# What is the purpose of axiomatic systems?

I am a beginner in logic and I am a bit confused on what the purpose of axiomatic systems is.

• Are the axiomatic systems developed to prove all theorems of a given theory. If yes, then does this mean that set of axioms for a given theory are (can be) amended once an statement cannot be proved or disproved using current set of axioms. This seems to be the case with the development of set of (second-order) axioms for real numbers, where to prove theorems like intermediate value theorm (IVT), axiom of completeness has been added. This also seems to be the case of development of axioms for the Euclidean geometry

OR

• Are the axiomatic systems developed to capture our intuitive understanding of a collection of objects and how they work? For example, this seems to be the case with the (second-order) Peano axioms for the Natural numbers.

If the former is correct, then does this mean Peano axioms were developed over a period of time as people were trying to prove theorems about the Natural numbers?

If latter is correct, does this mean that the axioms are chosen in a way that their model fits our intuitive understanding of the structure? In other words, do mathematicians have the model in mind when they are proposing the axioms? If this is the case then all the axiomatic system must be consistent because, they were initially proposed having a model in mind?

For example, the axioms of Natural numbers are chosen in a way that the numbers that we intuitively call Natural numbers are the model of the axioms, or the axioms of real numbers are chosen such that what we intuitively call real numbers ( I guess our intuitive understanding of real numbers comes from its association with straight line. ) becomes the model of the axioms?

However, for the above (refering to the latter) to be true , it seems that the set and the objects of the set should be well defined. For example, the Peano axioms define the objects using the successor function $\mathbf{S}$ and a first element $\mathbf{0}$, which are both undefined, and the induction axiom ensures that the sets that do not correspond to our intuition about the Natural numbers are excluded, e.g, $\mathbb{N}~\cup~\{a,b,c\}$. Similarly, we can define the objects of real numbers as cuts of rational numbers (Dedekind cuts), and then all the sets that are not complete are excluded. The undefined terms for this axiomatic system are the rational numbers.

So the questions are (i) is this (the sets and object need to be defined) a correct observation?, (ii) why is this needed and how is this more formally stated( what are the right terminologies from mathematical logic)?

In summary:

1. What is the purpose of axiomatic system? ( Is it the former or the latter?)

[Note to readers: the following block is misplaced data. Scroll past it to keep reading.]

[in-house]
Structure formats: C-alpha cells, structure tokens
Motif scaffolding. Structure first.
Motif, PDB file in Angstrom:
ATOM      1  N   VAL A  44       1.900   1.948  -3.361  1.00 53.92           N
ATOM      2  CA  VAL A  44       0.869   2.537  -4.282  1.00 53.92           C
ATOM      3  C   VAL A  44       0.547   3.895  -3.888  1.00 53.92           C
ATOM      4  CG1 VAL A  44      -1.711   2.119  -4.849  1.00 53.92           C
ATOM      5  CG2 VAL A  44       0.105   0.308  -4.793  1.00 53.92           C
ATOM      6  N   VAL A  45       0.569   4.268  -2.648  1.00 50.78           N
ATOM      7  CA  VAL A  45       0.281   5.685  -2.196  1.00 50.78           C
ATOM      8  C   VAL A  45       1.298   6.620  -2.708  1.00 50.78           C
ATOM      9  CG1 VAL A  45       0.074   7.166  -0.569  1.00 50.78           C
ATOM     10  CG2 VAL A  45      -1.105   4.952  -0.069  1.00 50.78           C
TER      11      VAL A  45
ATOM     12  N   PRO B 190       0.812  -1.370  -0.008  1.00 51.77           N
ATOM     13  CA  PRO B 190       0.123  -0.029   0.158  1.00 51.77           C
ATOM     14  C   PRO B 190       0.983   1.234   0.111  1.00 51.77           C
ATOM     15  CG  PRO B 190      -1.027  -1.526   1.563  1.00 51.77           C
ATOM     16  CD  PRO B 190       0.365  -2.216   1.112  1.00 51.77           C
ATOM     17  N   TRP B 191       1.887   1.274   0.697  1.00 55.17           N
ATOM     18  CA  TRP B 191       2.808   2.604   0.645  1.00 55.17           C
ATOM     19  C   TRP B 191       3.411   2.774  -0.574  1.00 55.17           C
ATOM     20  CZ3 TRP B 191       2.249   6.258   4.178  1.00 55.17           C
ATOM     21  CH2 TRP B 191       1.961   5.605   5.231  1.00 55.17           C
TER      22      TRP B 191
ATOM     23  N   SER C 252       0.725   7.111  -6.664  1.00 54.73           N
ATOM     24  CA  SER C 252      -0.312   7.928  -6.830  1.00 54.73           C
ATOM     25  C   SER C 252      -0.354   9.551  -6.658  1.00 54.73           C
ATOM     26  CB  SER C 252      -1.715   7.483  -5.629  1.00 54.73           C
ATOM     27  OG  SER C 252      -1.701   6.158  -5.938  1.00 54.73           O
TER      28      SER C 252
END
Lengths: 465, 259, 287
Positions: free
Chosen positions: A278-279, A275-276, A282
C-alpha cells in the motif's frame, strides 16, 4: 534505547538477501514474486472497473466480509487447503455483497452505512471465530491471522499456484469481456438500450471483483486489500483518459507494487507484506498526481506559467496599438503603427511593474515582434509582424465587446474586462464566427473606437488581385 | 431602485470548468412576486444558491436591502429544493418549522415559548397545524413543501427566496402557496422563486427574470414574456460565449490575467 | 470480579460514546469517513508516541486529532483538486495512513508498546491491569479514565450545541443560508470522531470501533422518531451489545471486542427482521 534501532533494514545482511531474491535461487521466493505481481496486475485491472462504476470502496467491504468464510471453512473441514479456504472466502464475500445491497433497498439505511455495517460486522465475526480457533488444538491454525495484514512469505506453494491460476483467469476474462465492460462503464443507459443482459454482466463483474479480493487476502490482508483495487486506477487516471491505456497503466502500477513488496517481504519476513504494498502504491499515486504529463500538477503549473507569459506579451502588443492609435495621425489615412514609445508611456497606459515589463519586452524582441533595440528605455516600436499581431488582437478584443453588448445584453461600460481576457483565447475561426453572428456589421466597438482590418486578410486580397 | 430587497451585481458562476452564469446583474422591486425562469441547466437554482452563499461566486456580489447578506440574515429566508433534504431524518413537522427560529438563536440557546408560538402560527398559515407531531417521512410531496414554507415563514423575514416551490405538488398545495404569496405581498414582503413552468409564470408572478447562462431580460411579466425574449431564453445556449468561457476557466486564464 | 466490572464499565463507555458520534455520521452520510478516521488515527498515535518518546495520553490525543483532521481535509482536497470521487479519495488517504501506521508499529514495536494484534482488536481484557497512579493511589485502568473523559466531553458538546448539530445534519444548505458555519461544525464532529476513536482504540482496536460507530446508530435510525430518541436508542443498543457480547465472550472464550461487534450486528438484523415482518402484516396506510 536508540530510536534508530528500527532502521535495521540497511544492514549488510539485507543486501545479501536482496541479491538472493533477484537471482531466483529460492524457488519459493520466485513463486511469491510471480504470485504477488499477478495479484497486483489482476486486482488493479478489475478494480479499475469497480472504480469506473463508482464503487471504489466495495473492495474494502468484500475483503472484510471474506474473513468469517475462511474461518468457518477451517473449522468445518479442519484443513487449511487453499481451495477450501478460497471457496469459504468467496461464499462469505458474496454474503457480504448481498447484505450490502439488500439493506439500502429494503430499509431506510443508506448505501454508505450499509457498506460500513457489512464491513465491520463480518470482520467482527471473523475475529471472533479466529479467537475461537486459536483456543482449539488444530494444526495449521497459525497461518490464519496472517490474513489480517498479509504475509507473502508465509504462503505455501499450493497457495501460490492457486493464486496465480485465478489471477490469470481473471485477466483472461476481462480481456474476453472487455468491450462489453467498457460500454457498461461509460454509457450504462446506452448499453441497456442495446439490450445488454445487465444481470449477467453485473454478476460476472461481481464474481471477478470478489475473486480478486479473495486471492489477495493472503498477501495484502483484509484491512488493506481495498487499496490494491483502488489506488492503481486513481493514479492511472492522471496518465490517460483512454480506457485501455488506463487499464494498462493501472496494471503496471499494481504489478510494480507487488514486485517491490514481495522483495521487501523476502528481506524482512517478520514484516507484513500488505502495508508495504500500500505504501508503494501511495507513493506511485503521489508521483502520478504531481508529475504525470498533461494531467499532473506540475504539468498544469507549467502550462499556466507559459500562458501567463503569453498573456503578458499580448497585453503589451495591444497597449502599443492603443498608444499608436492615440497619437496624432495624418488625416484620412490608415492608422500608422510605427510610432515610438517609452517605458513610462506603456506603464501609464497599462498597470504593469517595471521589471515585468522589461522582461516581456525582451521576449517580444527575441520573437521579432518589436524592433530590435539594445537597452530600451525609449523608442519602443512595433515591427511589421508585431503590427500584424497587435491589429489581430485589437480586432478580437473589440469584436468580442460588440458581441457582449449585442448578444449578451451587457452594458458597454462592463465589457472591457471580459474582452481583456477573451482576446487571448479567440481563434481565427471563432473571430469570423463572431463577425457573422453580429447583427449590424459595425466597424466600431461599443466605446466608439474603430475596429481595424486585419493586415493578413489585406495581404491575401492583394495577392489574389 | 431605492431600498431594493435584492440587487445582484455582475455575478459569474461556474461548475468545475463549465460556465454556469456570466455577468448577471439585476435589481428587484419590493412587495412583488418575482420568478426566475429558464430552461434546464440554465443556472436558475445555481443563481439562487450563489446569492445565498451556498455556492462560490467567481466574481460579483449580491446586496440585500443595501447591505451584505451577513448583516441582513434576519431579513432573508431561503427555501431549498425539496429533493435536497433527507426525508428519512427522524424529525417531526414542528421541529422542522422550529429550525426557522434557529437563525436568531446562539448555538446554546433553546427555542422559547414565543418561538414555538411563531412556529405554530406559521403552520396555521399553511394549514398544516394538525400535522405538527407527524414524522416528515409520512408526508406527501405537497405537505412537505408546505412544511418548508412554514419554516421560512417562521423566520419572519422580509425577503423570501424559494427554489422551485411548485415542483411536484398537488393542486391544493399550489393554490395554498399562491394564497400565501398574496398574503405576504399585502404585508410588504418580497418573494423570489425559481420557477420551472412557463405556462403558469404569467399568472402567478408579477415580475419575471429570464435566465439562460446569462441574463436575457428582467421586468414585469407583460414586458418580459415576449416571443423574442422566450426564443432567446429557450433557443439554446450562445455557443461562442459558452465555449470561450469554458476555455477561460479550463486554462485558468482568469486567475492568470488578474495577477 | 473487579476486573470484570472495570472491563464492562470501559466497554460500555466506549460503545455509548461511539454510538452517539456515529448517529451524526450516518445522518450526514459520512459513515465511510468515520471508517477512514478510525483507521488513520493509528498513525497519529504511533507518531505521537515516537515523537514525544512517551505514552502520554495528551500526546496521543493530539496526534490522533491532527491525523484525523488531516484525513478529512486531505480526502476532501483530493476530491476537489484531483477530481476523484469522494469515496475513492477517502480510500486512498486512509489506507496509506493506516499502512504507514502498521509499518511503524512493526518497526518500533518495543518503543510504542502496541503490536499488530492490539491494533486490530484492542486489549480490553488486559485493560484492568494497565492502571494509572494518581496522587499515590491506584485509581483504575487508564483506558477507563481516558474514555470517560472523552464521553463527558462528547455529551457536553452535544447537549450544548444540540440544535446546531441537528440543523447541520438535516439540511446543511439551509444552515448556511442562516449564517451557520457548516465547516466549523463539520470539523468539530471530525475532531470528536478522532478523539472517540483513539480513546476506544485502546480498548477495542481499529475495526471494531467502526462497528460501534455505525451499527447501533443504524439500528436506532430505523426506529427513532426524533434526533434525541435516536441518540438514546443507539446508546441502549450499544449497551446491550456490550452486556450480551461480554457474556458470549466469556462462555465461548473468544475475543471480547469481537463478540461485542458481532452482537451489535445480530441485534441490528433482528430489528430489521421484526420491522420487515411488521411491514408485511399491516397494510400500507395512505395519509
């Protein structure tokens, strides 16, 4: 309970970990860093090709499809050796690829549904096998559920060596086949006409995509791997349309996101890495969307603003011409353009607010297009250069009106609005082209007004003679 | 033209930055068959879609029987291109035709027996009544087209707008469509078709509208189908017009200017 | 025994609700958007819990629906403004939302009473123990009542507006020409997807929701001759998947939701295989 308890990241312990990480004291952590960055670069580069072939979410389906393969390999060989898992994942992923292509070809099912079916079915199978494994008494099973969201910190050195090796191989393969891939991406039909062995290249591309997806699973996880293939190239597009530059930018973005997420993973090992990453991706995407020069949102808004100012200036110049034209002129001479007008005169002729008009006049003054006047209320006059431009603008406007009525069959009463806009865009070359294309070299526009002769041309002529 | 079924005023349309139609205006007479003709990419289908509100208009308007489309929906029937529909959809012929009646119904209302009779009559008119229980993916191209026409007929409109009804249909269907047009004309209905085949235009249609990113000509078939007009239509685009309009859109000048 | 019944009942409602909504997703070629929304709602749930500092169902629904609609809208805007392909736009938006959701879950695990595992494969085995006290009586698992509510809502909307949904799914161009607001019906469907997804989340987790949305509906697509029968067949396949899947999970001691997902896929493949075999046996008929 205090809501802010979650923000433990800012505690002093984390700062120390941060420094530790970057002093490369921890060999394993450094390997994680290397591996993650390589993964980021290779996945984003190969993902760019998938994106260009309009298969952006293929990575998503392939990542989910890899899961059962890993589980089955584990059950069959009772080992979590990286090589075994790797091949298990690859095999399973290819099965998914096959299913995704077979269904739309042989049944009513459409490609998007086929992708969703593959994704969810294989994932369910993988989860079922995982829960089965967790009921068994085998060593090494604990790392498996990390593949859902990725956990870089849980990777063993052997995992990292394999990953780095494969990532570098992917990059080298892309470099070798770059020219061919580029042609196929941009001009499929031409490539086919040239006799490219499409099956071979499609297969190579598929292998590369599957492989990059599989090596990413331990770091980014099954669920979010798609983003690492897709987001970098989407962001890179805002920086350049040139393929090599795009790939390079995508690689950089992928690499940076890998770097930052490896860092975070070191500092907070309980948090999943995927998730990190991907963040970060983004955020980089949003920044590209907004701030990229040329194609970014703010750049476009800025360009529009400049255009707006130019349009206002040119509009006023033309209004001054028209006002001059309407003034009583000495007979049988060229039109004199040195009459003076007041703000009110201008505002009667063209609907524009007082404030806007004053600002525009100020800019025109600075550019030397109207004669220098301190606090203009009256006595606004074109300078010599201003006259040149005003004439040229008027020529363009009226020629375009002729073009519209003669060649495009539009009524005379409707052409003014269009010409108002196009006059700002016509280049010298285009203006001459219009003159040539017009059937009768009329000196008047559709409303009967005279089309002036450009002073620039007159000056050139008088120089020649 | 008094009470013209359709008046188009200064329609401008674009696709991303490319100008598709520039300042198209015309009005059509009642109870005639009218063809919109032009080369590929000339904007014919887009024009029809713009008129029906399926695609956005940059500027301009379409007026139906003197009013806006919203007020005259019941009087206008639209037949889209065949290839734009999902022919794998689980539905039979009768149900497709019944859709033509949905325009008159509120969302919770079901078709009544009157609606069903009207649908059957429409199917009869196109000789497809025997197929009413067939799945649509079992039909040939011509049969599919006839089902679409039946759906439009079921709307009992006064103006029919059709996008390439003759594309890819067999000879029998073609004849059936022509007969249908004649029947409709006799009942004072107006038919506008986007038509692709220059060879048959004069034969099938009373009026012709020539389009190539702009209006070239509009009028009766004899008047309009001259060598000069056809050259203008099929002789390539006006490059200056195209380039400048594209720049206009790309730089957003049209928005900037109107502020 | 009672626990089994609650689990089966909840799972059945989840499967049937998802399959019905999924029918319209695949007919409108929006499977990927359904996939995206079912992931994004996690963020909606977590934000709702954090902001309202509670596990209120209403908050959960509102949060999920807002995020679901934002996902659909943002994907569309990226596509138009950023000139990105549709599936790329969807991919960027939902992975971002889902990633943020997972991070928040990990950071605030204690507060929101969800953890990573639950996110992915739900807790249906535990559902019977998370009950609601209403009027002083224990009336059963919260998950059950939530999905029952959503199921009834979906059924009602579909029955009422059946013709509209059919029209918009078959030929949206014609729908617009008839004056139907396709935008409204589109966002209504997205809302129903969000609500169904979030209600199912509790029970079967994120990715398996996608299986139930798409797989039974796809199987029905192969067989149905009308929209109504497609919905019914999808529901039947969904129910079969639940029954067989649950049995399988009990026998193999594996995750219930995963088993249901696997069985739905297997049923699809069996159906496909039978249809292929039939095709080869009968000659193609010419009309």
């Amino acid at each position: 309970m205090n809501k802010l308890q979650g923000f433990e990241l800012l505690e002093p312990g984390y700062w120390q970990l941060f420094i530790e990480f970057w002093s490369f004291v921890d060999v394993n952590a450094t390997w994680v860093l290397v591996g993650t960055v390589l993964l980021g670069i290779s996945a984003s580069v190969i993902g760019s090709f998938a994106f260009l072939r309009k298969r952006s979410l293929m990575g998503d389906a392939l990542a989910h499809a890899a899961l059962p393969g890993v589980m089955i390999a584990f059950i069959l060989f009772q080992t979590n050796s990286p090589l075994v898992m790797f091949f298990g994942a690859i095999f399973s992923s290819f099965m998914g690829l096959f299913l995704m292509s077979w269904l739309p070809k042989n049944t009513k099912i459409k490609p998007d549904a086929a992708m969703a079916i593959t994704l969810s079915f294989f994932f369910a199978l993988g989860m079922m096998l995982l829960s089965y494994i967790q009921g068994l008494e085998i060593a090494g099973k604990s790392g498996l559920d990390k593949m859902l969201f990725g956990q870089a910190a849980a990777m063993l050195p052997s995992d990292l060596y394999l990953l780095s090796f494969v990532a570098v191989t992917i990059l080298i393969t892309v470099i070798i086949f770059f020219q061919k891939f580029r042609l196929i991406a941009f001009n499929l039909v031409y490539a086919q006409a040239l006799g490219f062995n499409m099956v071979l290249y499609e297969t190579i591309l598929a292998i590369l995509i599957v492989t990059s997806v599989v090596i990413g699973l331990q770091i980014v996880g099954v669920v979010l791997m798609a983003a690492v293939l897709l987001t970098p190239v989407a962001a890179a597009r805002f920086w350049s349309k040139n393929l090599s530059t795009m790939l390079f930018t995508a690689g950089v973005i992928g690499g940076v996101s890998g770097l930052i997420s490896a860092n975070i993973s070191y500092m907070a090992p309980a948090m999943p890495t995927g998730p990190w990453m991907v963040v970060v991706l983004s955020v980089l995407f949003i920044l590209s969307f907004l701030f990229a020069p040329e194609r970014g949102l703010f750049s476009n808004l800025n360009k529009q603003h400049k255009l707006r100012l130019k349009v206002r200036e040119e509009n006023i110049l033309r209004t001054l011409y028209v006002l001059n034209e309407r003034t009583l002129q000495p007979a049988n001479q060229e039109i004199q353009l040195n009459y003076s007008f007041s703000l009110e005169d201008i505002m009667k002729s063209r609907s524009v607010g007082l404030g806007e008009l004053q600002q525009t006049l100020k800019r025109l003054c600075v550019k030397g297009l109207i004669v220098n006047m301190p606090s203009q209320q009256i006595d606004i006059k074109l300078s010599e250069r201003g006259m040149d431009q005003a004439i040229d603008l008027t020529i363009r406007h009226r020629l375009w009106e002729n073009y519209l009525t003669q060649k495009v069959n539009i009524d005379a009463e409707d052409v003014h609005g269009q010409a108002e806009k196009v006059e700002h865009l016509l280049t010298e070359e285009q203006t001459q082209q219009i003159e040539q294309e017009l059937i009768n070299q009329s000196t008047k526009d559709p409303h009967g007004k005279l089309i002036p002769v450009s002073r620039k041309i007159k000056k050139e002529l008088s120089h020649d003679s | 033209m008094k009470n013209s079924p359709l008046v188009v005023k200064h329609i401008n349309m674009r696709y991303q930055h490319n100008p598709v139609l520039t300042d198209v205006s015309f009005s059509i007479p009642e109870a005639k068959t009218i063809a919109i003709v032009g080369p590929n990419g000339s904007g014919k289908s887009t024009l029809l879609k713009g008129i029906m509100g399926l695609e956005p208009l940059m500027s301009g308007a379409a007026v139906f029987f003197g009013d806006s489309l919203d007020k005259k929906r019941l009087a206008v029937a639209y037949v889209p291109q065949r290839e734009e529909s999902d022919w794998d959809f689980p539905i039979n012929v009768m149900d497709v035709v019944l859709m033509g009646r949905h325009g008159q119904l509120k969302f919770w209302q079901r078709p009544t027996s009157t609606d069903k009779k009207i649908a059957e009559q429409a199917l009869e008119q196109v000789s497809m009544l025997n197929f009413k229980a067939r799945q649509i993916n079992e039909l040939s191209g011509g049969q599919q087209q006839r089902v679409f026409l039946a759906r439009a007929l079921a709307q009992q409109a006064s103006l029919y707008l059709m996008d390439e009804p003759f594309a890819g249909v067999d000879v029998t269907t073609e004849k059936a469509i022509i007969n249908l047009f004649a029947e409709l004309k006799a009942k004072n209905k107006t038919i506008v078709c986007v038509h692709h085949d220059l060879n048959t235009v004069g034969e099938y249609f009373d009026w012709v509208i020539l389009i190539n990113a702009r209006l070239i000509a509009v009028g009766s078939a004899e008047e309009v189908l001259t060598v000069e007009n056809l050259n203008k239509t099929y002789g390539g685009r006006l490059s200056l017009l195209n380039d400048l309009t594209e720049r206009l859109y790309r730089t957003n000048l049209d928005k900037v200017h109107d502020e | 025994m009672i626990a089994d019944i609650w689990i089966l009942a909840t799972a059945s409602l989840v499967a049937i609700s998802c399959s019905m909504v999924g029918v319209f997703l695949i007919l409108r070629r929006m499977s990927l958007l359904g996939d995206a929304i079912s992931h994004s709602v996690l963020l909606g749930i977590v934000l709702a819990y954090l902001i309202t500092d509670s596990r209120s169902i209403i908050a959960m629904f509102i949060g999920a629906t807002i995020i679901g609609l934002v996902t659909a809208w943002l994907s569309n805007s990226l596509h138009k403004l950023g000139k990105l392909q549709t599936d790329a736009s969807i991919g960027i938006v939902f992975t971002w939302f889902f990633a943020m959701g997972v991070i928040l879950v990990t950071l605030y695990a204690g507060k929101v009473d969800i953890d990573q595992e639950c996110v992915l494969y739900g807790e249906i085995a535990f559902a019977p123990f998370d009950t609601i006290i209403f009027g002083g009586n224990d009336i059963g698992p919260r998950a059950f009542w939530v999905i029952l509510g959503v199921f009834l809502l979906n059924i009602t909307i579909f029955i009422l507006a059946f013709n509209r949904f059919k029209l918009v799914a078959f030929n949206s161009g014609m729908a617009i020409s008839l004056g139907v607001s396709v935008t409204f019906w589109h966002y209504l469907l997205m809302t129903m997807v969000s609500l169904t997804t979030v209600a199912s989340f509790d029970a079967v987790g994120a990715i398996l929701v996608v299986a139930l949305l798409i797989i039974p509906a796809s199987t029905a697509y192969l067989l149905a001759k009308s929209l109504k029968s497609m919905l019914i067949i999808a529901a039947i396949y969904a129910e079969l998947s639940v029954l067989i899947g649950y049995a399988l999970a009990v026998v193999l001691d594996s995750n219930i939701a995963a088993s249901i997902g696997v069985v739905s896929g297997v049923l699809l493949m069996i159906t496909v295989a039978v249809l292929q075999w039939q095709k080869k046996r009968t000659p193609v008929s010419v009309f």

2. If the latter, are axiomatic system proposed having a model in mind?
3. If the latter, why is there a need to define the objects and sets accurately?
• It is a very good question! – Ryan Jul 27 '17 at 6:21

Certainly not all mathematicians always have models in mind when proposing an axiomatic system: Quine's "New Foundations", proposed in a 1937 article, have still not been modeled (meaning relative consistency is shown with ZFC).

The answer to your question depends on the axiomatic system. For set theories, the answer is the former. They are used to interpret "all of mathematics" into so as to ensure accountability among all mathematicians and their proofs.

For axiomatic systems defining mathematical structures e.g. "the theory of a group", "the theory of a category", etc. of which particular groups, categories, etc. are models the answer is typically the latter. The set of axioms defining a Quillen model category is written down for the reason of formalizing our intuition about what should be "a homotopy theory."

• Thanks. What determines then whether the former or the latter should be used? Further, even with the former there should exist a model for them otherwise they are not consistent. Hence, wouldn't make more sense to start with the model and try to capture the intuitive understanding of that model in a more rigorous way? – abk Jul 3 '17 at 22:06

My take: in the progression of mathematics, it starts with the latter and eventually needs to address the former for the sake of consistency. That's the key word that answers your questions.

People understood for a long time what the natural numbers are, and how we create them, how we manipulate them, and the limits of them (i.e. negative numbers are not natural numbers).

Axiomatic methods came around for a couple of reasons:

1. When doing proofs, you have to start somewhere and assume some things are true. What's the minimum set of things you need to assume as true before you can prove things?
2. Once you have #1 around, how do you know that it's consistent - i.e. how do you know that you can't prove the statement 0=1 from the axioms you just enumerated?

Model Theory is the study of these things, and Gödel's Completeness Theorem nicely brings it all together by saying

If there's a model for a set of axioms, then the set of axioms is consistent.

So Peano's axioms are shown to be consistent through the natural numbers. There are plenty of other axiomizations for the natural numbers, by the way.

Finally, axiomizations help us understand what can't be proven. For example, check out all of the things that can't be proven in ZFC, which is the standard model for set theory.

• Thanks. Your take on the progression of mathematics seems very reasonable, but, what I do not understand is that if they started out by capturing the intuitive understanding of a given collection of objects, this means they must have had a model in mind. Hence, they must have known the axiomatic system is consistent already. Or was there a need for a more formal treatment of the model. – abk Jul 3 '17 at 22:01